I know a lot of people -- and I, in fact, used to be this way -- who don't take feedback for shit. And it's just like, why would you not take feedback? People are giving you free ideas. That's awesome! You can listen to them. If you think they suck, it's still fine to listen to them. Worst case is, you took five minutes out of your day, and heard an idea that you didn't like. And you can think, "Yeah, okay." But best case is you get some totally awesome idea. A ton of really great ideas in SpyParty are from other people talking, telling me. Whether players are having ideas, whether it's developers.

When you actually came up with this idea, did you have a very strong sense of exactly what you wanted to do? And then did you end up deviating? How did this start?

CH: There's this thing, there's this anecdote I like to tell about John Carmack from back in the day, back in the '90s. We used to talk more than we do now, and he was really interesting because he... I'm very doubtful all the time of all the things I'm thinking about. For example, I was working on the Spore animation system, and I'm not sure this is going to work. I don't know if this is the right way to do this. I learn some more math, hedge this over there and I managed to end up with something cool and that's great. You know, it was me and this other group of people.

But Carmack had this magical ability to always think whatever he was working on at the time was exactly the way to do it, and anything else was totally idiotic. Now, that by itself would make him a psychopath. But he also could evaluate when it was not working, and just instantly switch directions. So now that thing sucks, and this new thing I'm doing is obviously totally the right way to do it, and anything else is totally idiotic.

So the combination of those two things, the ability to self-regulate, basically judge, critique your own ideas really harshly, and the ability to just have it be with total and utter confidence in what you're doing is great, because that allows you to just power ahead, no self-doubt. But to switch gears instantly -- I don't have that, so SpyParty meanders around.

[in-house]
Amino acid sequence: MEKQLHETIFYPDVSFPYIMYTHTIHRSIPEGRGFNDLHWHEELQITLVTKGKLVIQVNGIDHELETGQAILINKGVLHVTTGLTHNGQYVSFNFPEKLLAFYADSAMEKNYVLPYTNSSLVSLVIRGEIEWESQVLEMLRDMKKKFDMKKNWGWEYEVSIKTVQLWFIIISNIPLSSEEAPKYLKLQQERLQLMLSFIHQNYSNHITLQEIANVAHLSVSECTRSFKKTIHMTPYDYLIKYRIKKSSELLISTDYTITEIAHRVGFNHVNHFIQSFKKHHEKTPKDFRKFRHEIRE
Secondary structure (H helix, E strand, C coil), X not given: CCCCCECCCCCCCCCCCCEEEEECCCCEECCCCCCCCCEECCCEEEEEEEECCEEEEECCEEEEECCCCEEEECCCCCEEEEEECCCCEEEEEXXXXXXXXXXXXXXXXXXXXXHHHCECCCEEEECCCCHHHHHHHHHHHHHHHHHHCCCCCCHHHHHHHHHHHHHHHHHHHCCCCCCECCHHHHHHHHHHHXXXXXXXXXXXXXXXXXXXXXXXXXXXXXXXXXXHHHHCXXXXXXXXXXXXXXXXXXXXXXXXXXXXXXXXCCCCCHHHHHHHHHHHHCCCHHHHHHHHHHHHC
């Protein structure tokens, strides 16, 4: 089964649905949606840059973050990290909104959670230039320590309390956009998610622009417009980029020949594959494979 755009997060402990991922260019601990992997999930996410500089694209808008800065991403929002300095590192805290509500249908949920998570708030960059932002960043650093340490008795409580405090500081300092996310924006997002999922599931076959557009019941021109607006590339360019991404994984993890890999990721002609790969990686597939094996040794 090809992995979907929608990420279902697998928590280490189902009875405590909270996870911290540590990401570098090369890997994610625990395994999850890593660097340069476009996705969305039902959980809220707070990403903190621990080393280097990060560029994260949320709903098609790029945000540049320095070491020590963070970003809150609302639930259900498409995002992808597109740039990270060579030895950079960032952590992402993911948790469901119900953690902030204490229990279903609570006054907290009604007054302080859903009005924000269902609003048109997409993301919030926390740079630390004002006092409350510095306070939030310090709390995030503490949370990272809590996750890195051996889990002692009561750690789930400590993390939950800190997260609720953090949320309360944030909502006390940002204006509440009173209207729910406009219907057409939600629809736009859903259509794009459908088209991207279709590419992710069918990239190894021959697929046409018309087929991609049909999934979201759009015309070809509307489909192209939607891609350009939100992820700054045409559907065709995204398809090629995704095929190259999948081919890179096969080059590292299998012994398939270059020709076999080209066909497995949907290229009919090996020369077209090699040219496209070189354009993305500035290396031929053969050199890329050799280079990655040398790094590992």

It still is the core thing that I was thinking of back in the day -- this idea of a behavioral game. The spy fiction. Basically a game that's about a bunch of things, but it's way more refined and way more clear. It's a difference between saying, "I've got this idea for this game where one person's a spy and one person's a sniper," and the game you could play right now. And two notebooks filled with ideas. Those years make for total clarity. There's a bunch of stuff that's different, but the core high concept is the same.

But there's very little value in just the high concept itself. The execution and the details of, the way the action test active reload thing works, and the way that makes the sniper start playing more of a behavior game as opposed to looking for tells. Things like that. Those things are where the magic comes out, and a lot of those are just serendipity.


You know, it's funny because the way you describe the game is if you watch a spy movie, it's all the other stuff from the spy movie that we never concentrate on in games. SpyParty, it's a weird spot, where it seems quite congruent with what we expect from a game in terms of theming and stuff -- so it's not off in left field, it's not Flower or something, right?

CH: Right, literally in a field.

But at the same time it does seem like it's sort of off in left field, because it's the part of that theme we don't ever touch on. It's funny that that really does illustrate how things can be more limited then we think they are, sometimes.